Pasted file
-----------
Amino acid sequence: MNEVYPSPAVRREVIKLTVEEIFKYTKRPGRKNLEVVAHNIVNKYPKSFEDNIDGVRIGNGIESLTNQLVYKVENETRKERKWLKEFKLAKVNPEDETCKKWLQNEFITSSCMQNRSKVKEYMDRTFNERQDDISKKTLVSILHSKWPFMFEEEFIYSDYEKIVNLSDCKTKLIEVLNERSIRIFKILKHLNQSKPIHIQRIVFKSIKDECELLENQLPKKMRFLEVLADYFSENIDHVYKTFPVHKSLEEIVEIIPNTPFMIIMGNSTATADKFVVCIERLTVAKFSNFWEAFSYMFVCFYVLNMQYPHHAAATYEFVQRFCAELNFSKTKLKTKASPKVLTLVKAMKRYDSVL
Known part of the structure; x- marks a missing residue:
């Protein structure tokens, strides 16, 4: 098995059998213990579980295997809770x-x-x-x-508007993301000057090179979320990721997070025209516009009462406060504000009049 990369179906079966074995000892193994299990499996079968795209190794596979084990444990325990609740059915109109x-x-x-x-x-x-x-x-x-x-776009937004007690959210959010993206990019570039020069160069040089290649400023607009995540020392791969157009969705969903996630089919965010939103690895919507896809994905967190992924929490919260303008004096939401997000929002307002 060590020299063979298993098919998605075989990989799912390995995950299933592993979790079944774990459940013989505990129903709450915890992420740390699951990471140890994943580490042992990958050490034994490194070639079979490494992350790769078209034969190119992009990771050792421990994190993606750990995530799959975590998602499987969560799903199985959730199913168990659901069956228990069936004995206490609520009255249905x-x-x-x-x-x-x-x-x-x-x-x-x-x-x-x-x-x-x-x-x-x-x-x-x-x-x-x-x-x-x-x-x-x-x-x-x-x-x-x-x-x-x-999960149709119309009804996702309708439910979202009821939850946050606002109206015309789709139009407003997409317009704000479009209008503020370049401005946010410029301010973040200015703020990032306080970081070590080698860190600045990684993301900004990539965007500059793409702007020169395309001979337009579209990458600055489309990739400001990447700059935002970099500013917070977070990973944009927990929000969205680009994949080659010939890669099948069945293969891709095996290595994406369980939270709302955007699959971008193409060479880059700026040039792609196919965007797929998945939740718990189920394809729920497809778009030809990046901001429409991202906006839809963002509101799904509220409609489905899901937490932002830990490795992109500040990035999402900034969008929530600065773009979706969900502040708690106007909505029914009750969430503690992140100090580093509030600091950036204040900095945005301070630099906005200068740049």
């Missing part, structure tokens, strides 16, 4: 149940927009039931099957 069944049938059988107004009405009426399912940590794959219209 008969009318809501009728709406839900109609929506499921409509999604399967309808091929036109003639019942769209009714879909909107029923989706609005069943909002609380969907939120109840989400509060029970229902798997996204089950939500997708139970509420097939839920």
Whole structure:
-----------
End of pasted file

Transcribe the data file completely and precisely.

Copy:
Amino acid sequence: MNEVYPSPAVRREVIKLTVEEIFKYTKRPGRKNLEVVAHNIVNKYPKSFEDNIDGVRIGNGIESLTNQLVYKVENETRKERKWLKEFKLAKVNPEDETCKKWLQNEFITSSCMQNRSKVKEYMDRTFNERQDDISKKTLVSILHSKWPFMFEEEFIYSDYEKIVNLSDCKTKLIEVLNERSIRIFKILKHLNQSKPIHIQRIVFKSIKDECELLENQLPKKMRFLEVLADYFSENIDHVYKTFPVHKSLEEIVEIIPNTPFMIIMGNSTATADKFVVCIERLTVAKFSNFWEAFSYMFVCFYVLNMQYPHHAAATYEFVQRFCAELNFSKTKLKTKASPKVLTLVKAMKRYDSVL
Known part of the structure; x- marks a missing residue:
């Protein structure tokens, strides 16, 4: 098995059998213990579980295997809770x-x-x-x-508007993301000057090179979320990721997070025209516009009462406060504000009049 990369179906079966074995000892193994299990499996079968795209190794596979084990444990325990609740059915109109x-x-x-x-x-x-x-x-x-x-776009937004007690959210959010993206990019570039020069160069040089290649400023607009995540020392791969157009969705969903996630089919965010939103690895919507896809994905967190992924929490919260303008004096939401997000929002307002 060590020299063979298993098919998605075989990989799912390995995950299933592993979790079944774990459940013989505990129903709450915890992420740390699951990471140890994943580490042992990958050490034994490194070639079979490494992350790769078209034969190119992009990771050792421990994190993606750990995530799959975590998602499987969560799903199985959730199913168990659901069956228990069936004995206490609520009255249905x-x-x-x-x-x-x-x-x-x-x-x-x-x-x-x-x-x-x-x-x-x-x-x-x-x-x-x-x-x-x-x-x-x-x-x-x-x-x-x-x-x-x-999960149709119309009804996702309708439910979202009821939850946050606002109206015309789709139009407003997409317009704000479009209008503020370049401005946010410029301010973040200015703020990032306080970081070590080698860190600045990684993301900004990539965007500059793409702007020169395309001979337009579209990458600055489309990739400001990447700059935002970099500013917070977070990973944009927990929000969205680009994949080659010939890669099948069945293969891709095996290595994406369980939270709302955007699959971008193409060479880059700026040039792609196919965007797929998945939740718990189920394809729920497809778009030809990046901001429409991202906006839809963002509101799904509220409609489905899901937490932002830990490795992109500040990035999402900034969008929530600065773009979706969900502040708690106007909505029914009750969430503690992140100090580093509030600091950036204040900095945005301070630099906005200068740049």
């Missing part, structure tokens, strides 16, 4: 149940927009039931099957 069944049938059988107004009405009426399912940590794959219209 008969009318809501009728709406839900109609929506499921409509999604399967309808091929036109003639019942769209009714879909909107029923989706609005069943909002609380969907939120109840989400509060029970229902798997996204089950939500997708139970509420097939839920």
Whole structure: